The right to information is the core of any good society, government, and economy; this is necessary for the prevention of malpractices, misconduct, abuse of power, violation of rules and illegal activities. In the Western world, the government is held accountable for all deeds in the past, present, and future because they know, that this shows respect and empower their citizens. By informing citizens adequately, they know when and how they should cast their votes, and most importantly gives them a chance to speak out against all sorts of injustices.
1960 marked the year that revolutionizes the presidential choice in the United States of America with a live broadcast of a debate between the two main candidates: Richard Nixon and JF Kennedy. The aim was to highlight publicly their stance on key issues that affect the country and how they hope to manage these problems. Today the presidential debate is one of the most-watched broadcast in the US television, with over 84million audience in the last 2016 debate between Donald Trump and Hilary Clinton. Researchers and Historians agree that a televised display of candidates has positive effects upon the result of the election, which has greatly increased the demand around the world, especially in the developed countries. A lot of people solely rely on these debates to decide which candidates will receive their vote.
This trend is also developing in African countries like Zambia, Ghana, Kenya and more recently Nigeria The Nigerian Election Debate Group, NEDG and the Broadcasting Organization of Nigeria BON invited 5 of the presidential aspirants to a debate whose selection was based on an independently administered multi-stage process involving independent online polls and distribution of survey questionnaire from states to states targeting the voting age group in Nigeria.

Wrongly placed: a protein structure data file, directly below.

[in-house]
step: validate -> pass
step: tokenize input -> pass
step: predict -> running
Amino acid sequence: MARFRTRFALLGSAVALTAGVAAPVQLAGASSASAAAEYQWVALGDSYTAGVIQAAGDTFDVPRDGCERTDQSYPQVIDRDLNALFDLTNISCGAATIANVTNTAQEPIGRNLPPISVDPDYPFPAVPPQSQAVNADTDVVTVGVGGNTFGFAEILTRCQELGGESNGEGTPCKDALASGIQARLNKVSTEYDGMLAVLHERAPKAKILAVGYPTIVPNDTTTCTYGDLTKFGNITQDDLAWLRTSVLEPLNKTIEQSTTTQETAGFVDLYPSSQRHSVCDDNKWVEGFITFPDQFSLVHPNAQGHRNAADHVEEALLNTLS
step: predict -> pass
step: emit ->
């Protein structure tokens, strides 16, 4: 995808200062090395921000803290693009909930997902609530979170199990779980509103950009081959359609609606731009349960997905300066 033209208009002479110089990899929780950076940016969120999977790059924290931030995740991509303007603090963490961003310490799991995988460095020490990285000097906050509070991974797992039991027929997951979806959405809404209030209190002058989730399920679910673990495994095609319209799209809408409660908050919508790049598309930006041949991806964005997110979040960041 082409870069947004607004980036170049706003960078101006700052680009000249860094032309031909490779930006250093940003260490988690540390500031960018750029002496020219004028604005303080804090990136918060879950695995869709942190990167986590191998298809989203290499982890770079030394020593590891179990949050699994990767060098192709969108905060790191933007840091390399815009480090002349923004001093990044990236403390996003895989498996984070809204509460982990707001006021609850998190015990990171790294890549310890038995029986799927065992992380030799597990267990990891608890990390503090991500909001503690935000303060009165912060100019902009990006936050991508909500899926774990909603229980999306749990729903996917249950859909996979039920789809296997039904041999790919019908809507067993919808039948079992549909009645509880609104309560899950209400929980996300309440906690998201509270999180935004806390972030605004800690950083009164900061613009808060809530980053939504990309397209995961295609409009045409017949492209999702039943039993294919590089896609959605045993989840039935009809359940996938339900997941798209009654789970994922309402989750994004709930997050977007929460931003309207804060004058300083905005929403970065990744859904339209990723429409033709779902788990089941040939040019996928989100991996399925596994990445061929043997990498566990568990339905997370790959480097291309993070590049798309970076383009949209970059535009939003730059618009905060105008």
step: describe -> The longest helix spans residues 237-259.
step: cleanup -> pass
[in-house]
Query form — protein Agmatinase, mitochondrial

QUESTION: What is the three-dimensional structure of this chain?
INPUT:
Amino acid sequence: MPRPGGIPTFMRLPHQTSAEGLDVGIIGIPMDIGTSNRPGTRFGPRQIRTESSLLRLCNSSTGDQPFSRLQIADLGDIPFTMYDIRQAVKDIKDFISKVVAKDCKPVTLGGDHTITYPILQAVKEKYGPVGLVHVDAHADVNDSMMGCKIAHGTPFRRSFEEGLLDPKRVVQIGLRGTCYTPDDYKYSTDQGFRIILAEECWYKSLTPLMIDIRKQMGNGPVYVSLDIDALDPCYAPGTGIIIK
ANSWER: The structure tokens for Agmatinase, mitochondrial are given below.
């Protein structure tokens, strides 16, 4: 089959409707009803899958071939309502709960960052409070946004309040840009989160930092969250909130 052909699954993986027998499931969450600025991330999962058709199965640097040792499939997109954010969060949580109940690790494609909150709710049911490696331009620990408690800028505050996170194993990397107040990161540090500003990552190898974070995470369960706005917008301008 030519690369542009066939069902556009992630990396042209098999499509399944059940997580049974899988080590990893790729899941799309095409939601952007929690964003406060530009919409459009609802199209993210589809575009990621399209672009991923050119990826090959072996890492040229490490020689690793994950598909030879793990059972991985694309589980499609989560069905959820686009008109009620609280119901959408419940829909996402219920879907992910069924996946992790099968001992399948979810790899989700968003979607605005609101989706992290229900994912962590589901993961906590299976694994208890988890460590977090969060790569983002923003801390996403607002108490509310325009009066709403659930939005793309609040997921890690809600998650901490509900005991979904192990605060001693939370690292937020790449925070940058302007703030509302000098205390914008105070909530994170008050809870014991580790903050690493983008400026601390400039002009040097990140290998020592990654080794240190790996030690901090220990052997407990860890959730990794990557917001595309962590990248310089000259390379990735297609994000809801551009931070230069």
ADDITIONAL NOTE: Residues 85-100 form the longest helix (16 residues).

The day to cross the bridge finally arrived January 19th, 2019. The podiums are in place, the tape is set and almost rolling, the evening fluorescents beamed with joy, the spectators gathered from different nooks and crannies of the world to witness the record-breaking presidential debate of Nigeria. But, hélas, the day was compensated with an unusual absence of one coupled with an arrogant fussed exit of another. What did the Nigerians do wrong? While the debate is not necessarily an African style or a Nigerian trend but it is progressively important for those that belong to the group of the learned, those whose votes cannot be exchanged for Aprons, T-shirts, food or gifts of cash.
One must agree that it necessitates an extraordinary person to rule an oil-rich country whose economic growth has been quite remarkable in the last few years and has seen an increase in certain sectors like the telecommunications, agriculture and even services. The country is progressively diversifying the economy but nevertheless continually lingers in poverty, with 62% of Nigeria’s about 200 million people still live in extreme poverty. Despite all the potentiality of this country, the country still suffers from a crippled power system, lack of infrastructure, lack of adequate legislative reforms, an incapable judicial system and inconsistent environment that limits the growth of the private sectors, insecurity especially in the north of the country, and most sadly continuous and pervasive corruption. Corruption penetrates into the roots of the country which has led to the instability so far, this profiteering has eaten into media such that information is constantly devalued. According to a survey, news can be altered in just a fraction of seconds. Where is the right to information? Who speaks the truth? Who lies? Does the country need a professor? Are Nigerians in need of a motivational coach?
As Nigerians draw nears to the polls on the 16th of February, it is another moment to choose the fate of a new government or continue in the old wagon. We want citizens to understand that selling their votes will further encourage corruption and bad governance but what do you tell to that hungry soul? To that homeless person? To the father of that sick child? Cast your vote regardless of the turbulence in your heart, after the darkness, the sun will shine again and the Nation of the Civilians’ dream will be achieved.